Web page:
Constant frequency for light waves?

In summary, the frequency of red light in the air and in glass is constant, but the speed of light through different mediums can cause the wavelength to change, resulting in different colors. Frequency is directly proportional to wavelength, so as the wavelength decreases, the frequency stays the same. This is why the color of light is determined by its wavelength, not its frequency.
  • #1
thursdaytbs
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"what is the frequency of red light in the air? What is the frequency of red light in the glass?"

is the frequency of a light wave length constant? therefore, the answer would be the same?
 
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  • #2
The speed of a light wave through vacuum, air and glass is not the same due to some refraction effects. Try finding these speeds of light through those mediums and compute the frequency with those speeds.
 
  • #3
thursdaytbs said:
"what is the frequency of red light in the air? What is the frequency of red light in the glass?"

is the frequency of a light wave length constant? therefore, the answer would be the same?
Correct, frequency never changes. When light slows down in high refractive index materials, only the wavelength changes.
Suppose you have light going from air to a material n=2. The velocity is going from x to 0.5x. Wavelength decreases at the same rate as the velocity (since wavelength and velocity are directly proportional), so if the original wavelength was [itex]\lambda[/itex], the new wavelength is 0.5[itex]\lambda[/itex]. Frequency stays the same as it was before.
 
  • #4
A way to remember might be to consider that if frequency were to change, then according to

[tex]E = h\nu[/tex]

it would mean the energy changes as well. That would be a little too weird.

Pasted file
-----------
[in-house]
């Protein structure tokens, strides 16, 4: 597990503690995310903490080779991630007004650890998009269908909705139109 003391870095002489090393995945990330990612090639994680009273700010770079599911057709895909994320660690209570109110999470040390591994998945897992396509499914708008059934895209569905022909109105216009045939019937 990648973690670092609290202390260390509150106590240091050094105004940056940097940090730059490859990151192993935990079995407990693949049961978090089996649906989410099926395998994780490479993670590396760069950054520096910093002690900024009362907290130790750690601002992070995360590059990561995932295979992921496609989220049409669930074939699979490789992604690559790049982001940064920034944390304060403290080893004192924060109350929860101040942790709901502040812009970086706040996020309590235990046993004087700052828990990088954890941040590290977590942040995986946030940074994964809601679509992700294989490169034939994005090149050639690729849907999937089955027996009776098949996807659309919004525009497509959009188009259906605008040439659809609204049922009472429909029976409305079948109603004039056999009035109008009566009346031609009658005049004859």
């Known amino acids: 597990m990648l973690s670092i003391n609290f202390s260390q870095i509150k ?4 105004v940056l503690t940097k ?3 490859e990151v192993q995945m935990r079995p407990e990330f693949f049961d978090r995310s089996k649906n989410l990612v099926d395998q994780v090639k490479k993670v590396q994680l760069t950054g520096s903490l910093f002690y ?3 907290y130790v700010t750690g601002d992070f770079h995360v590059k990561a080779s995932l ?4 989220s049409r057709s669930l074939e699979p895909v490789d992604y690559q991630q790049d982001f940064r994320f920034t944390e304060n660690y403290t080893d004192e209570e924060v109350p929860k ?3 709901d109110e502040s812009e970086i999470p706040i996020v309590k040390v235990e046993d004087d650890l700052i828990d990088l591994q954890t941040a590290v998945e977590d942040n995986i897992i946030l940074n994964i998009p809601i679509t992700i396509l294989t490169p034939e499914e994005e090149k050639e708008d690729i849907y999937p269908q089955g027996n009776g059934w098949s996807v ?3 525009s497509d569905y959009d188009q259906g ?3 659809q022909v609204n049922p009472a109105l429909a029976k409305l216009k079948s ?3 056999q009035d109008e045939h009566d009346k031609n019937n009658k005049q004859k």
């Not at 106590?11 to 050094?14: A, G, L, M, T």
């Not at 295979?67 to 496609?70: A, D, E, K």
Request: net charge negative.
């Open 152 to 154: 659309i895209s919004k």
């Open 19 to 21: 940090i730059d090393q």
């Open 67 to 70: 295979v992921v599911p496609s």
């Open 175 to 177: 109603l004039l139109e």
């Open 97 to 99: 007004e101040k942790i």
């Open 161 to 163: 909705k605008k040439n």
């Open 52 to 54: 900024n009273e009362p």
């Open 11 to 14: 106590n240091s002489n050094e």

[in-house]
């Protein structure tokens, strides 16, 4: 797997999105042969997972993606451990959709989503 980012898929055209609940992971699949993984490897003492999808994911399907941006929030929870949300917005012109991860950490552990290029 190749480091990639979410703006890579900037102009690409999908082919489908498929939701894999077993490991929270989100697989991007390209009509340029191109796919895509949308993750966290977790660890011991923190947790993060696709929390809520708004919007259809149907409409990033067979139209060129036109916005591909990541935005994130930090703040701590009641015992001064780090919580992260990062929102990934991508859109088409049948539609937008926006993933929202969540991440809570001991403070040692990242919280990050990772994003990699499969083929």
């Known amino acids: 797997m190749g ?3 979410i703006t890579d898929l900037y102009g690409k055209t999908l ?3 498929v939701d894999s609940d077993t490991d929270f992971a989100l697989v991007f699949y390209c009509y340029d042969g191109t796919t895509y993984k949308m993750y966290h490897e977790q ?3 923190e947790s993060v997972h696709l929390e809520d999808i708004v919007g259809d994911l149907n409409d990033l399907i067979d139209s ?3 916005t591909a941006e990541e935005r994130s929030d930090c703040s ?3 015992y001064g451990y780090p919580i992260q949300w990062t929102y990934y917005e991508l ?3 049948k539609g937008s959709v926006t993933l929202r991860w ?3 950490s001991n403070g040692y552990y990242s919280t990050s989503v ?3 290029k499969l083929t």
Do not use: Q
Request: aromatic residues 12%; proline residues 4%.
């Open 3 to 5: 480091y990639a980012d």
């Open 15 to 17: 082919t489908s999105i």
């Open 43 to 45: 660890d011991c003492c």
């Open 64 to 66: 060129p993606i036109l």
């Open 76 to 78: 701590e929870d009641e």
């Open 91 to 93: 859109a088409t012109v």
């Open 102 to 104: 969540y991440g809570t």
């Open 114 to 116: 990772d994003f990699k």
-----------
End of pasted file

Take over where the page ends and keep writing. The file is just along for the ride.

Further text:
• #5
So wavelength is the critical factor which determine the colour of a wave but not other factors, such as frequency, right>?
 
  • #6
That's right.
 

Related to Constant frequency for light waves?

1. What is meant by "constant frequency" for light waves?

"Constant frequency" refers to the number of complete oscillations or cycles of a light wave that occur in a given amount of time. This frequency remains the same regardless of the medium through which the light wave is traveling.

2. How is the frequency of a light wave measured?

The frequency of a light wave is typically measured in Hertz (Hz), which is equal to one cycle per second. This can be measured using specialized equipment such as a spectrometer or by counting the number of wave peaks that pass a fixed point in a given time interval.

3. Does the color of light affect its frequency?

Yes, the color of light is directly related to its frequency. Red light, for example, has a lower frequency than blue light. This is because different colors of light have different wavelengths, and frequency is inversely proportional to wavelength.

4. Can the frequency of a light wave be changed?

Yes, the frequency of a light wave can be changed by altering the energy of the source producing the light. For example, when an object heats up, it emits radiation with a higher frequency, causing the color to change from red to orange to yellow and eventually to blue as the temperature increases.

5. What is the relationship between frequency and energy in light waves?

The frequency of a light wave is directly proportional to its energy. This means that as the frequency increases, so does the energy. This relationship is described by the equation E=hf, where E is energy, h is Planck's constant, and f is frequency. This relationship is important in understanding how light interacts with matter, as higher frequency light can have more energy and therefore create more significant effects.

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